The problem with primping

SSU_LOGO–by Mary Helen Darah

One of the many things I enjoy about writing is having the opportunity to visit local organizations and businesses. I get to experience first-hand the services they provide to the community. I have done everything from trying on 45 pounds of firefighting equipment to flipping burgers at a local iconic hangout. My most memorable experience—both mentally and especially physically—was a trip to a European wax spa. Being a self-proclaimed “primp challenged” woman, I was looking forward to getting my first wax job. I felt a bit guilty. Being a woman of height, it would take hours for them to contend with my long legs. It did not, and after my arms were smooth they moved on to many surprising areas of my body that I never realized could or needed to be waxed. Looking back, I wish I would have consulted Webster’s before my visit for a clearer definition of the differences between a Brazilian and full-frontal waxing. I declined the first and felt safe going for “full-frontal,” which I naively thought referred to my eyebrows and facial cheek fuzz. I was wrong. Both waxing techniques occur south of the border. Let me tell you, Midwestern winters are cold enough without added “difficulties.”
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Sadly, my DNA consists of a steady stream of “primp challenge” females and the next generation has not been spared. Years ago, I tried not to panic as my 16-year-old emerged from her room to report that she was unable to attend school because of a waxing malfunction. Apparently, the apple not only falls but, in this case, clings to the tree. Being a light-haired woman, I tried valiantly to relate to my little Mediterranean-looking furball as I assessed the damage. She had borrowed (without consent) her sister’s hot waxer and used it on her eyebrows, arms, under her nose and a “southern” region. She did not wait for the wax to cool so you can only imagine what she looked like.

But wait until the wax is cooled …

The reddened areas made her look as if she had a mustache similar to an evil dictator and eyebrows that made her appear as if she were in a constant state of panic. I banned her from using any appliance with a cord until she returned to her normal (or as close to normal as one can be in this family) state.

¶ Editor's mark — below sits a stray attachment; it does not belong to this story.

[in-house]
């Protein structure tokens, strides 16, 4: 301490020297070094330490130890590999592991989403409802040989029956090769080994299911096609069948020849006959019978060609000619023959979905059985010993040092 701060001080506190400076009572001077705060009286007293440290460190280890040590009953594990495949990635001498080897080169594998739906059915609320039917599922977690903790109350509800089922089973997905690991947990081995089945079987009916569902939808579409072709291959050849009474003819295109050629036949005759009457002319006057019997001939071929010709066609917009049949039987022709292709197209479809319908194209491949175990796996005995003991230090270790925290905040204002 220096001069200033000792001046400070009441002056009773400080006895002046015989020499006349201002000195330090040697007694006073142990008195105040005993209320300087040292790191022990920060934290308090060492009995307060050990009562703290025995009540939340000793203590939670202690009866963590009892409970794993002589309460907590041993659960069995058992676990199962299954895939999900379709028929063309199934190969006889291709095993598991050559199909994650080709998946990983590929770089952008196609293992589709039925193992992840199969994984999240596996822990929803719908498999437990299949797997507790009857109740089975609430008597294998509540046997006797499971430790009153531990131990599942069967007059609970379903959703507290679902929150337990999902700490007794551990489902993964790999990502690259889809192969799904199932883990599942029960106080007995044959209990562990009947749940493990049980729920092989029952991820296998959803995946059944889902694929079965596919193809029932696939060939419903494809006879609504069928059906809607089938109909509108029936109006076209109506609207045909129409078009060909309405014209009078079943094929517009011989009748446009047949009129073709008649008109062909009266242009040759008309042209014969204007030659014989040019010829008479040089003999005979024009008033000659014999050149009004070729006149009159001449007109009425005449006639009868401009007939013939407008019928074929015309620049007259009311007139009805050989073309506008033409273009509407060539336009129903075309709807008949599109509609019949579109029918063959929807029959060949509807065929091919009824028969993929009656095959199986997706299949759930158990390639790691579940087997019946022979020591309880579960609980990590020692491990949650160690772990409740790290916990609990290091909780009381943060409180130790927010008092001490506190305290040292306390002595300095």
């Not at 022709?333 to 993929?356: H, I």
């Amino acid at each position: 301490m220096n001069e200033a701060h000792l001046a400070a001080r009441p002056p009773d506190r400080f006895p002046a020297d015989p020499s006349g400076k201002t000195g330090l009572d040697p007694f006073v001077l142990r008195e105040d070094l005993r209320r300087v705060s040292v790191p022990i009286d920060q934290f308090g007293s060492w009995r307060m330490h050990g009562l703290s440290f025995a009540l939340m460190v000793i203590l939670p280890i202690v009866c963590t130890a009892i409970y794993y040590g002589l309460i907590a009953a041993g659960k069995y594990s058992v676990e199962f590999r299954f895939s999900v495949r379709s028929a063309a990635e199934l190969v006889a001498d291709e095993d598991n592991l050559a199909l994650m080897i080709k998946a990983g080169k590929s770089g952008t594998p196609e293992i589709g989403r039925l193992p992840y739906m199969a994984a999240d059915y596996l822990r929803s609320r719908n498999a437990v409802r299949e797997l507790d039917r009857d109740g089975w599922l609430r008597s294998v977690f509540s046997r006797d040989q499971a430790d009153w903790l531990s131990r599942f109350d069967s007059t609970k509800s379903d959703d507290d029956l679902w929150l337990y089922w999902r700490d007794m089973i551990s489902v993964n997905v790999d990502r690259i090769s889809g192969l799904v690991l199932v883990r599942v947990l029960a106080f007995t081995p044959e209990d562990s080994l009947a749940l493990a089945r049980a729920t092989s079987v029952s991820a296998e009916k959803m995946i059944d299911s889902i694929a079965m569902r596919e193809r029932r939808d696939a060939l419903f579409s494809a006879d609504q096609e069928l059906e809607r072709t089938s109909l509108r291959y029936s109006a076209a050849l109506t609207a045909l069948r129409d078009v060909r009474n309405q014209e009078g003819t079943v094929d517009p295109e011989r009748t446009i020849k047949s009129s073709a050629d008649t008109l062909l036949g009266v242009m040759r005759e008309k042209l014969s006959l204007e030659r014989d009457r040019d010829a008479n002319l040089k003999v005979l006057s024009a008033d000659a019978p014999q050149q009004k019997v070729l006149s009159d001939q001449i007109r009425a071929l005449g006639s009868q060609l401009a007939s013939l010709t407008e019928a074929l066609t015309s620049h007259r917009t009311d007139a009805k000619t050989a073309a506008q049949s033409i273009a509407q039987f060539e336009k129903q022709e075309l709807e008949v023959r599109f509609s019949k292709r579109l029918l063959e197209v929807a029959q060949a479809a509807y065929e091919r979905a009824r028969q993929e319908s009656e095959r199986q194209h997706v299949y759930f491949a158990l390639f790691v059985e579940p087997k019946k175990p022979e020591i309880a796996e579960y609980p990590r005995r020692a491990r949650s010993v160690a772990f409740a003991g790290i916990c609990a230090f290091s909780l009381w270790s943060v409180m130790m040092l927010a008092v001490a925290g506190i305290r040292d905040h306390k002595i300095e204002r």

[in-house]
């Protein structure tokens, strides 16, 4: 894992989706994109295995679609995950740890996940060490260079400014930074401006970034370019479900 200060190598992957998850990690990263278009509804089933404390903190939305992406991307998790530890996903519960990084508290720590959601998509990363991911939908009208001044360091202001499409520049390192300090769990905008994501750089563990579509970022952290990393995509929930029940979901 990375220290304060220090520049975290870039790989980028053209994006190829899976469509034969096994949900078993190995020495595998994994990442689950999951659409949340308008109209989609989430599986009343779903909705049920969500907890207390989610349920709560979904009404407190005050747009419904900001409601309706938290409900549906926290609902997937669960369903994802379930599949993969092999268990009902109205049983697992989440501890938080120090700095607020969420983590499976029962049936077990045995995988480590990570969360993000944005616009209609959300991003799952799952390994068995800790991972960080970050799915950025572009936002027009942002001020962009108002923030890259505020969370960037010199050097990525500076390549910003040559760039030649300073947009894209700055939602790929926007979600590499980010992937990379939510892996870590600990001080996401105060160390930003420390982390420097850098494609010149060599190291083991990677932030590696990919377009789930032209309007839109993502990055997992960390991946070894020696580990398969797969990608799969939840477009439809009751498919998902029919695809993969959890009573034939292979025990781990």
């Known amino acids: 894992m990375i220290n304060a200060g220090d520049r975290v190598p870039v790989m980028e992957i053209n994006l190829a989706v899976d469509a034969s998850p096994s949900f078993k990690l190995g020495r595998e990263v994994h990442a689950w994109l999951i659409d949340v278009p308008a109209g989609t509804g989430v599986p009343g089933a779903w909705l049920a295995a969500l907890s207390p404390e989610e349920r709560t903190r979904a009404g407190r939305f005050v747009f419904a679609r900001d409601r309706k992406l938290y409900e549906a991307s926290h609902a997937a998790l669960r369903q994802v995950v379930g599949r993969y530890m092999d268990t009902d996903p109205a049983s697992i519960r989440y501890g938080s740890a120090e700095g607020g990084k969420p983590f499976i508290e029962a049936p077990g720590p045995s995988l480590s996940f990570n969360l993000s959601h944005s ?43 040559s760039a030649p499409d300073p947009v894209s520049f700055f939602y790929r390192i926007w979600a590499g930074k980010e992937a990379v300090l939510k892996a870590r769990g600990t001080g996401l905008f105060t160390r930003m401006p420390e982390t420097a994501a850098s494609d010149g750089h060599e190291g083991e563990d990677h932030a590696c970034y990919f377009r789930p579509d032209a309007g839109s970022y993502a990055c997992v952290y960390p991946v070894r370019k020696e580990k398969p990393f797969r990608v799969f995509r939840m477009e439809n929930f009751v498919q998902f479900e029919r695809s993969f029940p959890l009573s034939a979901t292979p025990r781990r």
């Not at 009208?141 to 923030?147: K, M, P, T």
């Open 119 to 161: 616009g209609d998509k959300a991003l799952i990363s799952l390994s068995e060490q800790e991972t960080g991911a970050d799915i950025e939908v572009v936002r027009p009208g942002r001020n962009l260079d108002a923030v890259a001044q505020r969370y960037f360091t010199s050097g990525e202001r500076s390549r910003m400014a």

The older “non-primpers” also have not fared well through the years. My mom once bought an eyelash curler and neglected to insert the protective pad in the device before use. Her attempts at longer lashes resulted in a rather scared “freakish” look as her poor little “nubs” grew back.

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My Gram had the brilliant idea of soaking her infected earlobes in Methiolate, a bright orange liquid put on wounds back in the 70s. Its mercury content could explain some of my family’s behavior. Her colored ears didn’t fade for months. I have had a few brilliant ideas of my own. To make my hair (more like emerging sprouts—think chia pet) look fuller post chemo, I darkened my new growth with mascara. It was a good idea in theory unless you live in an area where sunshine is a rare commodity. On a typical rainy day in Ohio, I was unaware of the dark streaks that were making their progression down my forehead right before heading into a meeting.


It was then that I discovered the benefits of waterproof mascara.

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On Fleek.

It is my dream that one day women will be judged on their intellect, substance and kindness of heart. I guess until then, the conditioning, straightening, curling, plucking, perming, shaving, exfoliating and the WAXING will continue. I hope that

in the future, we as women, liberate ourselves from a life of devices and potions and rely on our intelligence and wit.03.07 SSU
… a girl can dream.

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